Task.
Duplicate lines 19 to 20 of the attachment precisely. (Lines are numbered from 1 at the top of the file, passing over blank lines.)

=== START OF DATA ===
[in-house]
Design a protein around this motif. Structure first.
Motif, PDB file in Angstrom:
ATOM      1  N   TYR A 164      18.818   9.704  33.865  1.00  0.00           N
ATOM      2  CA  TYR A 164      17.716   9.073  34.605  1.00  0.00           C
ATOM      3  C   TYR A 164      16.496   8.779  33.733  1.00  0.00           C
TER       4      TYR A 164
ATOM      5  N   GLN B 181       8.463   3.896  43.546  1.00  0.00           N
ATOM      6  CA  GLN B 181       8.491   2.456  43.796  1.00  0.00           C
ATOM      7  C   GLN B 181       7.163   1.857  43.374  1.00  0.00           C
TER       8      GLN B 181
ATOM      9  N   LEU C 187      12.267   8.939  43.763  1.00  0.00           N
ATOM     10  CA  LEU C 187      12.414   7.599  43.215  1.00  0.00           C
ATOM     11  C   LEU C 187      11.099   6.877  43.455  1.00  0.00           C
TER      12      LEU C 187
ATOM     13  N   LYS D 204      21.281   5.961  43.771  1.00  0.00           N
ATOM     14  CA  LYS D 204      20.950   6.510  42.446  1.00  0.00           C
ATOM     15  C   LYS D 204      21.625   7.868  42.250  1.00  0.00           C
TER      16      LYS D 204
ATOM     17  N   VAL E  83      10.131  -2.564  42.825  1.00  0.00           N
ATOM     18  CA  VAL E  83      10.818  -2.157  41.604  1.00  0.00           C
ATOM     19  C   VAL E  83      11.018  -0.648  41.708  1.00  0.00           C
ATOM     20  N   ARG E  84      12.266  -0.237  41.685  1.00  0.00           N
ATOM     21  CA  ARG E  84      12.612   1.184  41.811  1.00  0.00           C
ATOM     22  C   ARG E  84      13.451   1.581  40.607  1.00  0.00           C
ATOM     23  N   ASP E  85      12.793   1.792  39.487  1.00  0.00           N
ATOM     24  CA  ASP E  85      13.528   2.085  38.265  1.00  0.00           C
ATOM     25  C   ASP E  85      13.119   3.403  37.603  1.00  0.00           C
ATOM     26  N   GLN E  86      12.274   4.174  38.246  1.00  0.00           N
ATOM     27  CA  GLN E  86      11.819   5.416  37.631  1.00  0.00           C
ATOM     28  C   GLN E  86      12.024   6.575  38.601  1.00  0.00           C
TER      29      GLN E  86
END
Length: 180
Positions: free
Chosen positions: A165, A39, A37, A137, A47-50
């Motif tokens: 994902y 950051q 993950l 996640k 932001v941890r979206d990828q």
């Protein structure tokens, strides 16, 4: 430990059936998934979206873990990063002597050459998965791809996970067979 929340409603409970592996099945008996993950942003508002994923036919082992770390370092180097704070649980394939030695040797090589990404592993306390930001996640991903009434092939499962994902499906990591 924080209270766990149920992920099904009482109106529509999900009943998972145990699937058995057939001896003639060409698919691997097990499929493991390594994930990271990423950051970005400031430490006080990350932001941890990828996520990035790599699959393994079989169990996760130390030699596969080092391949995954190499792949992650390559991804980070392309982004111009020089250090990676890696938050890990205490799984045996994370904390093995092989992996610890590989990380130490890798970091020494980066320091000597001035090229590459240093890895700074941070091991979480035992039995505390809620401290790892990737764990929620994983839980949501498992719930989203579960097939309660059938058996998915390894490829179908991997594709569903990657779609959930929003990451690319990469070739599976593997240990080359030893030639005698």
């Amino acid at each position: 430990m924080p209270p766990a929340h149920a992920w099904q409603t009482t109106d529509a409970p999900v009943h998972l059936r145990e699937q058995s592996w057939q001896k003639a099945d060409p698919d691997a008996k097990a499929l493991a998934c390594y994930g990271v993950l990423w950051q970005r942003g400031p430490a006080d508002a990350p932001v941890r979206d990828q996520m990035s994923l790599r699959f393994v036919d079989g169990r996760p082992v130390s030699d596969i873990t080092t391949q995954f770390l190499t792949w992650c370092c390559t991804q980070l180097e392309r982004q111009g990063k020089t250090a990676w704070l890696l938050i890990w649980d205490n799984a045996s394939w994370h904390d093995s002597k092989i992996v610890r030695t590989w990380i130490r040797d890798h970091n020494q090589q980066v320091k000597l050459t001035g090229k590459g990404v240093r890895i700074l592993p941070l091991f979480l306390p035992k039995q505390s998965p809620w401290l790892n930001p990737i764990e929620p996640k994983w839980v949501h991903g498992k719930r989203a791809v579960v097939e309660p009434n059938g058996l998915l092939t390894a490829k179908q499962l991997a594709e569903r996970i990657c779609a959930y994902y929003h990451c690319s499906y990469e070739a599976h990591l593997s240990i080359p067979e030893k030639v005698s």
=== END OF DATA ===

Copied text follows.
TER      16      LYS D 204
ATOM     17  N   VAL E  83      10.131  -2.564  42.825  1.00  0.00           N